CERTIFICATION AND STANDARDS
Certification and standards offer one method of implementing sustainability commitments and encouraging producers to change their practices.
As companies consider sustainable purchasing decisions, they may seek to purchase certified or labeled products that have been audited against third-party environmental standards. Some certified producers and enterprises already meet these environmental standards before they become certified. In these cases, purchasing of certified products sends a signal to producers that there is a market demand for them to maintain good environmental practice. In other cases, producers will need to shift their practices to be less environmentally harmful before achieving certification. The assumption is that improved production practices will result in desired conservation. However, existing research on environmental outcomes is limited, particularly when trying to understand causality of certification and standards leading to conservation outcomes.
Researchers sought to explore the evidence associated with this assumption by asking:
What evidence exists that certification, standards, eco-labeling, and rating systems result in conservation outcomes?
What does recent existing research tell us about impacts of voluntary standard systems?
In the past decade, there has been a substantial increase in available evidence about the impacts on voluntary standard systems (VSS), although research continues to face significant challenges. It is difficult to find quality comparison groups, establish a precertification baseline, include adequate sample sizes, and isolate the impacts of certification from other variables. Despite these and other limitations, there is emerging evidence on the conservation outcomes associated with VSS.
What do we know about conservation outcomes associated with voluntary standard systems?
Deforestation impacts vary across commodities, settings, and studies. There is some evidence that agricultural and forestry standards reduce tree cover loss in some certified areas, but not all. Forest degradation, habitat quality, and intact landscapes are also important indicators of conservation gains, but they do not always directly align with deforestation outcomes, and there is still little research on these outcomes.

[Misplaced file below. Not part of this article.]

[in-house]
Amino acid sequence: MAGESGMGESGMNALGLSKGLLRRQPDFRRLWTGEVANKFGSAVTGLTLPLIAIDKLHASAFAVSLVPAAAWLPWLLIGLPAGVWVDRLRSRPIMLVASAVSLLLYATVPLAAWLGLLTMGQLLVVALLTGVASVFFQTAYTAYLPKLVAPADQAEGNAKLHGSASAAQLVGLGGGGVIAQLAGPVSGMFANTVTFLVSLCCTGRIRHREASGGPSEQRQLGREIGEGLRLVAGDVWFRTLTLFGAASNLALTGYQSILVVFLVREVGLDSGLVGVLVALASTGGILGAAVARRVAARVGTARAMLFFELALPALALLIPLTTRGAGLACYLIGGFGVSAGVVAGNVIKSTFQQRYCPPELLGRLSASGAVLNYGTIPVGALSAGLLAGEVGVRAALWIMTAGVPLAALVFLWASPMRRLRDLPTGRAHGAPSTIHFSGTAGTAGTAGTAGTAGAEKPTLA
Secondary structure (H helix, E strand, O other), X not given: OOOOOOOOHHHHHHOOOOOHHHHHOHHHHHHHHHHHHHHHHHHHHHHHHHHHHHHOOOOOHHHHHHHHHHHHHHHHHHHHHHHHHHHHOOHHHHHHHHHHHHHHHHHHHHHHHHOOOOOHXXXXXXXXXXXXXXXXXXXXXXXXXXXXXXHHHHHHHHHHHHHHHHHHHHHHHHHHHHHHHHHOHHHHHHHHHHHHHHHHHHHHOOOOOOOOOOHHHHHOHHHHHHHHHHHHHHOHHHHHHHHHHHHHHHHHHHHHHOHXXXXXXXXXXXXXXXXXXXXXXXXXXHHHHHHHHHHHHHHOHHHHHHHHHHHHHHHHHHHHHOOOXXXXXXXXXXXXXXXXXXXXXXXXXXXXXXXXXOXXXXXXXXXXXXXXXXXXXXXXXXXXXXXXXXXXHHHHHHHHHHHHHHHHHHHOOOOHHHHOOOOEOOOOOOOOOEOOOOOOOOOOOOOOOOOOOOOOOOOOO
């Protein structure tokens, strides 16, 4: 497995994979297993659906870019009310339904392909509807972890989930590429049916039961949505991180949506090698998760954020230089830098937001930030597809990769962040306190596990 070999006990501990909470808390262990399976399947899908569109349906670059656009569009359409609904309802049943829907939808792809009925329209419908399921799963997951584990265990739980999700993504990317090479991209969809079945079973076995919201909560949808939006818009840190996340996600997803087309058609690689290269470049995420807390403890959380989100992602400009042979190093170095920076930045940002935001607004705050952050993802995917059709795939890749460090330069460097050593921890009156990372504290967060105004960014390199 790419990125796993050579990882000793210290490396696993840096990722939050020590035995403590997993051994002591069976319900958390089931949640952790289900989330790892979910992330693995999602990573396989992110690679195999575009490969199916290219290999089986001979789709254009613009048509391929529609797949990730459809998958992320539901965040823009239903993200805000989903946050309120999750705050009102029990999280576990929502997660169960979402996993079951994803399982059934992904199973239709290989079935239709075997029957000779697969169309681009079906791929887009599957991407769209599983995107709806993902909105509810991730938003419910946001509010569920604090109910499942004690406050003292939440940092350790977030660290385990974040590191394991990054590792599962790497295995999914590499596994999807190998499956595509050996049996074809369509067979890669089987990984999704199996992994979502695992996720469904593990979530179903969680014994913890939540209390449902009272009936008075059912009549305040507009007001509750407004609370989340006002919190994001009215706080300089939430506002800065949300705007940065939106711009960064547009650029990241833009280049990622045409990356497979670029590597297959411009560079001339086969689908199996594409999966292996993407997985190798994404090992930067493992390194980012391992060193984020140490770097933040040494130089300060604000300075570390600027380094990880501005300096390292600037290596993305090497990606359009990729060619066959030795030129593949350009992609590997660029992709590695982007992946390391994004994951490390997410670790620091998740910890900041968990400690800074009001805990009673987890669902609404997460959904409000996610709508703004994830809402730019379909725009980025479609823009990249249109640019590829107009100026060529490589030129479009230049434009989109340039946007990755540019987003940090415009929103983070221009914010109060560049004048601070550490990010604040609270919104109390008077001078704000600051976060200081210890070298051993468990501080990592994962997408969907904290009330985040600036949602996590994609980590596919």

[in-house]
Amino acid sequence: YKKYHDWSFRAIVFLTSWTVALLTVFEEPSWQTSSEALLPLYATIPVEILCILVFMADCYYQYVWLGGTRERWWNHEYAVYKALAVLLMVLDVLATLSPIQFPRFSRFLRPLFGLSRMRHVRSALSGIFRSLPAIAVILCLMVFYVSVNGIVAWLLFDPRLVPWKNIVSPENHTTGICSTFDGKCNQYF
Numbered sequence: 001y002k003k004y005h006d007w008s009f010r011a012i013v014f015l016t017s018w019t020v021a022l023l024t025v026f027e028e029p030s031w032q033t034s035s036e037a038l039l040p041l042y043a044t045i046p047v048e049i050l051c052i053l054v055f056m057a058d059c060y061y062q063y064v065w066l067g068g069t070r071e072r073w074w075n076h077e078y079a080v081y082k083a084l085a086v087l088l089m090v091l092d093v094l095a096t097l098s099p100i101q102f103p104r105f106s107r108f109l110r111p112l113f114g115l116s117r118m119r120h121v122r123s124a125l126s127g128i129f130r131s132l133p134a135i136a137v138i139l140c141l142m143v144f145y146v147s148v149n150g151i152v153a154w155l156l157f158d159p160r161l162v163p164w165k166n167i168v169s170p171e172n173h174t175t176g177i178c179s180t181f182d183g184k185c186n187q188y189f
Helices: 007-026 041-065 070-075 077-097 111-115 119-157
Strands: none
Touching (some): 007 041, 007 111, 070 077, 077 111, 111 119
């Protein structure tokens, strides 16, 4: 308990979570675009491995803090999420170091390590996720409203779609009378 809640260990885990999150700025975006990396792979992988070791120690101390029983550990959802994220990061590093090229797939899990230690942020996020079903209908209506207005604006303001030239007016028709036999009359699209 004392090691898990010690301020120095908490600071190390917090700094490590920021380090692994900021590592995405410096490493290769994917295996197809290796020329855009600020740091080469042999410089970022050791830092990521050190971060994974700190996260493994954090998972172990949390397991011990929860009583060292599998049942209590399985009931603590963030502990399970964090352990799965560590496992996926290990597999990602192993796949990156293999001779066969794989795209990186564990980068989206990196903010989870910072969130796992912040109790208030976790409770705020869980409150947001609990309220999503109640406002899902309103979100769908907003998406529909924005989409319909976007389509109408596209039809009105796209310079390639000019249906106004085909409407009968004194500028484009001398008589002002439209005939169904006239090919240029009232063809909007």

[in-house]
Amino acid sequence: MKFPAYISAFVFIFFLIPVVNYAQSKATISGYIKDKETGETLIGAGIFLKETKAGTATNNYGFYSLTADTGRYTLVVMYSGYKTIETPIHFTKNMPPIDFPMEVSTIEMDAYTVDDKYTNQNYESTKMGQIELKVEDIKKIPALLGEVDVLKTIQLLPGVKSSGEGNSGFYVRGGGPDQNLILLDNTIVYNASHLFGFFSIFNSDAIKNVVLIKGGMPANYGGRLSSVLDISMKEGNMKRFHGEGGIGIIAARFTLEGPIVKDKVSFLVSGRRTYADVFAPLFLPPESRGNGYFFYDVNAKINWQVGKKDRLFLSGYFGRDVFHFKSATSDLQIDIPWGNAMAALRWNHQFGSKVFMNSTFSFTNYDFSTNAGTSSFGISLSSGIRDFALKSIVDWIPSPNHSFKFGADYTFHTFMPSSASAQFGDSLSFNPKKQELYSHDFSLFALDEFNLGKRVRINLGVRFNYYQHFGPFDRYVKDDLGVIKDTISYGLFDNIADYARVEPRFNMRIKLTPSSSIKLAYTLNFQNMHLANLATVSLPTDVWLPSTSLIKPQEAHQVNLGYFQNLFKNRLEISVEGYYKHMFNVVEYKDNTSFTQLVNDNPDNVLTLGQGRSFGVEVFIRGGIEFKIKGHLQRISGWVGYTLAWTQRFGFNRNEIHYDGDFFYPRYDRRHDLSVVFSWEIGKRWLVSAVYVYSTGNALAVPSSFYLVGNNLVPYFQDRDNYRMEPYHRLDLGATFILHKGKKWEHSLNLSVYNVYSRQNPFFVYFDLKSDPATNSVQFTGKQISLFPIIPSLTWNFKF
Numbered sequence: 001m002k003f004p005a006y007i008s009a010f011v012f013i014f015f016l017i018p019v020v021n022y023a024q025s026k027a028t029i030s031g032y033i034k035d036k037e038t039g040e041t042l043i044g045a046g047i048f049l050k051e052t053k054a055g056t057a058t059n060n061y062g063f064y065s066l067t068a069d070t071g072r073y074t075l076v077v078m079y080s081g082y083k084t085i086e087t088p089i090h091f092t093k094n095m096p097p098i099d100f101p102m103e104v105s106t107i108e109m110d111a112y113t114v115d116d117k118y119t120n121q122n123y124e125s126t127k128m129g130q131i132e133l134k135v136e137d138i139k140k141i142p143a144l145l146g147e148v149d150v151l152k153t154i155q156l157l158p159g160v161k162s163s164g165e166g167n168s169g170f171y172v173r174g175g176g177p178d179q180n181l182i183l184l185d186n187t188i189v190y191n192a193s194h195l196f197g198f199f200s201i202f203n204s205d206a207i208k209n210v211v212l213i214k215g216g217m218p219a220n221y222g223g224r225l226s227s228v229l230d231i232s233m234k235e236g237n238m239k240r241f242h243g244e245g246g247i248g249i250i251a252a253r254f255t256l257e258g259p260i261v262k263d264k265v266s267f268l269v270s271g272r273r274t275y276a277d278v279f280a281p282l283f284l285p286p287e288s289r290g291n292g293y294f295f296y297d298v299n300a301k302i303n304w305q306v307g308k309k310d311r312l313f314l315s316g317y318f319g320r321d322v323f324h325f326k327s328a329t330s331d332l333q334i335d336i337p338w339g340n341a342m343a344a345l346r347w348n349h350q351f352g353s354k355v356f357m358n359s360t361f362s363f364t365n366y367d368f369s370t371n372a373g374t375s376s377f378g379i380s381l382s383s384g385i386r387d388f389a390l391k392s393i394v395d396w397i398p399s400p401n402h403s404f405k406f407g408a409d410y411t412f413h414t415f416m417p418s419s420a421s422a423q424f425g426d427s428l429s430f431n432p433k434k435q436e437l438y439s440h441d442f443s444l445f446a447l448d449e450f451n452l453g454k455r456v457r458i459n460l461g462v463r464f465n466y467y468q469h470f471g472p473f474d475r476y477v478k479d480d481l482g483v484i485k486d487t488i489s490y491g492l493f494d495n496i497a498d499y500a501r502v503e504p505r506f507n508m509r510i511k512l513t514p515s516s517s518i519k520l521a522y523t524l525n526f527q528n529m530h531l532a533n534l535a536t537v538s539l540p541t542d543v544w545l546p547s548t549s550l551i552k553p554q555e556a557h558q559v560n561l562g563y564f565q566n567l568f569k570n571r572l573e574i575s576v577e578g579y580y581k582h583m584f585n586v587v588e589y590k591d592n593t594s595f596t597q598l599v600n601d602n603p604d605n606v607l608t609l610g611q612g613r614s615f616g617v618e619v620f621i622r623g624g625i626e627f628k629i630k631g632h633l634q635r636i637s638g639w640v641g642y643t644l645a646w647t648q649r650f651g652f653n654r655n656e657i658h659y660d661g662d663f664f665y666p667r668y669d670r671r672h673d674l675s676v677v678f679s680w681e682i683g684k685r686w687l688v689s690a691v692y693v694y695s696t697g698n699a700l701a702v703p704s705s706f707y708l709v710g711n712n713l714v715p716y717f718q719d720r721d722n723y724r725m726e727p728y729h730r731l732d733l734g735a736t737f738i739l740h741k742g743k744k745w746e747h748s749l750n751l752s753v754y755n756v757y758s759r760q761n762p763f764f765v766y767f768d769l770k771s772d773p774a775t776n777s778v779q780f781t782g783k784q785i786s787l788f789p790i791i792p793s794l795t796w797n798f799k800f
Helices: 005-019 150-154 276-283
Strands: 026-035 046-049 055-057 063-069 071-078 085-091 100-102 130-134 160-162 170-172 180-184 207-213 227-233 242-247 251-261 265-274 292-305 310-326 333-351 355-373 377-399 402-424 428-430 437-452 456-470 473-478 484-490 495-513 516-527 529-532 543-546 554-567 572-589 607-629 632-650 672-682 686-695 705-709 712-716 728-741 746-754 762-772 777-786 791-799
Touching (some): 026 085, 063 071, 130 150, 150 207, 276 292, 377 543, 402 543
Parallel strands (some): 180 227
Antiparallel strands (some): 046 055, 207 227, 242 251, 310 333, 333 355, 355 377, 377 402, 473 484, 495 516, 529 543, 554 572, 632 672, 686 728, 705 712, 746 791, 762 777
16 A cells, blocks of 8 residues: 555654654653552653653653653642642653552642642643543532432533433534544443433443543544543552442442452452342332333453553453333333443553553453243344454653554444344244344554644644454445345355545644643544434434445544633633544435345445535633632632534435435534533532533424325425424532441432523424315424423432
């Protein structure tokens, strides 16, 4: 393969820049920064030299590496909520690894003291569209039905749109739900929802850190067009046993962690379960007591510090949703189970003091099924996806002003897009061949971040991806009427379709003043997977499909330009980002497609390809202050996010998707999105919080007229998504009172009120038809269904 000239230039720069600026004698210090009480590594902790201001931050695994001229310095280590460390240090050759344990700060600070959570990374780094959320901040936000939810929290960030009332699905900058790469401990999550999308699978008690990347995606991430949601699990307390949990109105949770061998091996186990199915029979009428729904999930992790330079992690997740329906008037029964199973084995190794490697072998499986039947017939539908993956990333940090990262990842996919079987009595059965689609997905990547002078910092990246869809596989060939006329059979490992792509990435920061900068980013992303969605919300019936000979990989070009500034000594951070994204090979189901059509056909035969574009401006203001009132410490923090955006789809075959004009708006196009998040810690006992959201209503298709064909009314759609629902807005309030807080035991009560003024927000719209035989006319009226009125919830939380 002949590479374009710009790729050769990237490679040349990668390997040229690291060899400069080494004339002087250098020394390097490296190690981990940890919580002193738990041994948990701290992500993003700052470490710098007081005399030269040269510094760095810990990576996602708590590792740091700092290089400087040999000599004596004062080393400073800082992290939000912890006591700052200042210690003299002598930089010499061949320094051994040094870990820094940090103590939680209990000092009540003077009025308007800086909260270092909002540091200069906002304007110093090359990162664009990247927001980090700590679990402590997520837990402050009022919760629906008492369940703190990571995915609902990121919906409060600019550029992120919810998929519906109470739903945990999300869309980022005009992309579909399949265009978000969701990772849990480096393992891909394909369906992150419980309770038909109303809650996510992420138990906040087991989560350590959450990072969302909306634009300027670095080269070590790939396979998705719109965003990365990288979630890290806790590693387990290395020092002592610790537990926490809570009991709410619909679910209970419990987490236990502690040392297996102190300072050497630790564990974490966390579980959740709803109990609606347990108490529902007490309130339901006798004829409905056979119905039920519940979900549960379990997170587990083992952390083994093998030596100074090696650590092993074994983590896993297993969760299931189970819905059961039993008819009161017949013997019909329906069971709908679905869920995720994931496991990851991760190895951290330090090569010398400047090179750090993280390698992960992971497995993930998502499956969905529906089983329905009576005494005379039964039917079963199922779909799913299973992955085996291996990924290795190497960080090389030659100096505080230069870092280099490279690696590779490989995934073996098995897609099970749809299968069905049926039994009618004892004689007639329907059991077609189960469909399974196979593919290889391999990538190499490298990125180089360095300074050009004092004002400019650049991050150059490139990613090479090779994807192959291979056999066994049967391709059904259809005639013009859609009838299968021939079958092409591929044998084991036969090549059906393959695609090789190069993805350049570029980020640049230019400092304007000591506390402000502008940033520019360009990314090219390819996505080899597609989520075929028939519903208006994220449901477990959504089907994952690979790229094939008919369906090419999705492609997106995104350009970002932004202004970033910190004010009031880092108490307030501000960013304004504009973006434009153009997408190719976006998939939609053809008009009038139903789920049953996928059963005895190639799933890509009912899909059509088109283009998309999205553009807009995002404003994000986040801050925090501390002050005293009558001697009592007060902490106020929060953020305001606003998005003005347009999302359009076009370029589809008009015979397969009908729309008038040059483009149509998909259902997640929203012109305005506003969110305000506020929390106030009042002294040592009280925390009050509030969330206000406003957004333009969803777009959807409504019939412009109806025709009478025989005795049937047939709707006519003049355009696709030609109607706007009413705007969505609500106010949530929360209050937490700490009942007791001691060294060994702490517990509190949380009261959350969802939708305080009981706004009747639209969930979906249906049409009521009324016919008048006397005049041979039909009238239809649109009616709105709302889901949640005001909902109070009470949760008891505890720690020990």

An increase in biodiversity is linked to agriculture standards. Research showed an increase in tree diversity on farms certified by agricultural standards. Mammal, bird, and insect diversity show less consistent improvements (with half noting significant improvements, and half show no difference).
Certified fisheries tend to show improvements of fish stocks overtime, maintaining or building toward healthy levels.
What factors influence the effectiveness of certification?
The effectiveness of certifications and standards is influenced by several factors along the supply chain, including market conditions, practices of actors at multiple stages of the supply chain, and the surrounding socio-economic and political ecosystem. Standards and certification will be more impactful when strong market demand for sustainable products creates an incentive for producers to improve practices and when there is effective supply chain management, monitoring, and transparency.
Researchers caution that conservation gains from certification may be outpaced by growing demand for commodities. While standards and certification schemes aim to have a direct impact on practices and conservation outcomes in certified production areas, most have little or no control over actions outside those areas. Leakage and laundering can reduce the net outcomes achieved through certification. To further understand this phenomenon, researchers explored how to improve the broader effectiveness of zero-deforestation commitments and commodity standards. Access this research and more on the Factors Influencing Effectiveness page.
Standards and certification have the potential to be more effective at influencing regional or landscape-level outcomes when a significant portion of the production landscape is certified and when agricultural production is integral to national economies and land use outcomes – for example, in Cote d’Ivoire, Indonesia, Malaysia, Papua New Guinea, Solomon Islands, and Timor-Leste. Large buyers may want to focus on obtaining certifications in countries like these where agricultural certification at scale has the potential to affect land use change.
The achievement of landscape-level conservation outcomes would also be supported by government and corporate policies that prevent or disincentivize displacement and expansion of destructive production practices to non-certified areas.